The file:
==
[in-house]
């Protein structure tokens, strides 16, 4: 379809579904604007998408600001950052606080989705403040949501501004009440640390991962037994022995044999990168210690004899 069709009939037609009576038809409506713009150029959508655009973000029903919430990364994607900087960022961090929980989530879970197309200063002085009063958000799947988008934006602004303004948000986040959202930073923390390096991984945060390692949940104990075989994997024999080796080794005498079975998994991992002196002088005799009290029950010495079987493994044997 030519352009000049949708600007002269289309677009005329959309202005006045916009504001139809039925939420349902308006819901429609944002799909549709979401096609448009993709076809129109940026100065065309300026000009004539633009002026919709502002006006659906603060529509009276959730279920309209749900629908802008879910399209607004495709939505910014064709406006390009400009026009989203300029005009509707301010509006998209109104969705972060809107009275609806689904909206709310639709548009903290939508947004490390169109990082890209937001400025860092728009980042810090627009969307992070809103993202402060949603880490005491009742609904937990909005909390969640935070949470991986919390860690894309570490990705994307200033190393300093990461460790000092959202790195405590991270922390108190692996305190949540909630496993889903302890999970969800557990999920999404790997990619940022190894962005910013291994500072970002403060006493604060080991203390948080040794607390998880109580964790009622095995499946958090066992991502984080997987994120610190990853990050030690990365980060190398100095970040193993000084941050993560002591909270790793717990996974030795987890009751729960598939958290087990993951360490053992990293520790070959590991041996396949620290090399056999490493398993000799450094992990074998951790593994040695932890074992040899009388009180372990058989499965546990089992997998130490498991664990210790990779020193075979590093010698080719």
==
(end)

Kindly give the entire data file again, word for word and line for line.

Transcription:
[in-house]
């Protein structure tokens, strides 16, 4: 379809579904604007998408600001950052606080989705403040949501501004009440640390991962037994022995044999990168210690004899 069709009939037609009576038809409506713009150029959508655009973000029903919430990364994607900087960022961090929980989530879970197309200063002085009063958000799947988008934006602004303004948000986040959202930073923390390096991984945060390692949940104990075989994997024999080796080794005498079975998994991992002196002088005799009290029950010495079987493994044997 030519352009000049949708600007002269289309677009005329959309202005006045916009504001139809039925939420349902308006819901429609944002799909549709979401096609448009993709076809129109940026100065065309300026000009004539633009002026919709502002006006659906603060529509009276959730279920309209749900629908802008879910399209607004495709939505910014064709406006390009400009026009989203300029005009509707301010509006998209109104969705972060809107009275609806689904909206709310639709548009903290939508947004490390169109990082890209937001400025860092728009980042810090627009969307992070809103993202402060949603880490005491009742609904937990909005909390969640935070949470991986919390860690894309570490990705994307200033190393300093990461460790000092959202790195405590991270922390108190692996305190949540909630496993889903302890999970969800557990999920999404790997990619940022190894962005910013291994500072970002403060006493604060080991203390948080040794607390998880109580964790009622095995499946958090066992991502984080997987994120610190990853990050030690990365980060190398100095970040193993000084941050993560002591909270790793717990996974030795987890009751729960598939958290087990993951360490053992990293520790070959590991041996396949620290090399056999490493398993000799450094992990074998951790593994040695932890074992040899009388009180372990058989499965546990089992997998130490498991664990210790990779020193075979590093010698080719």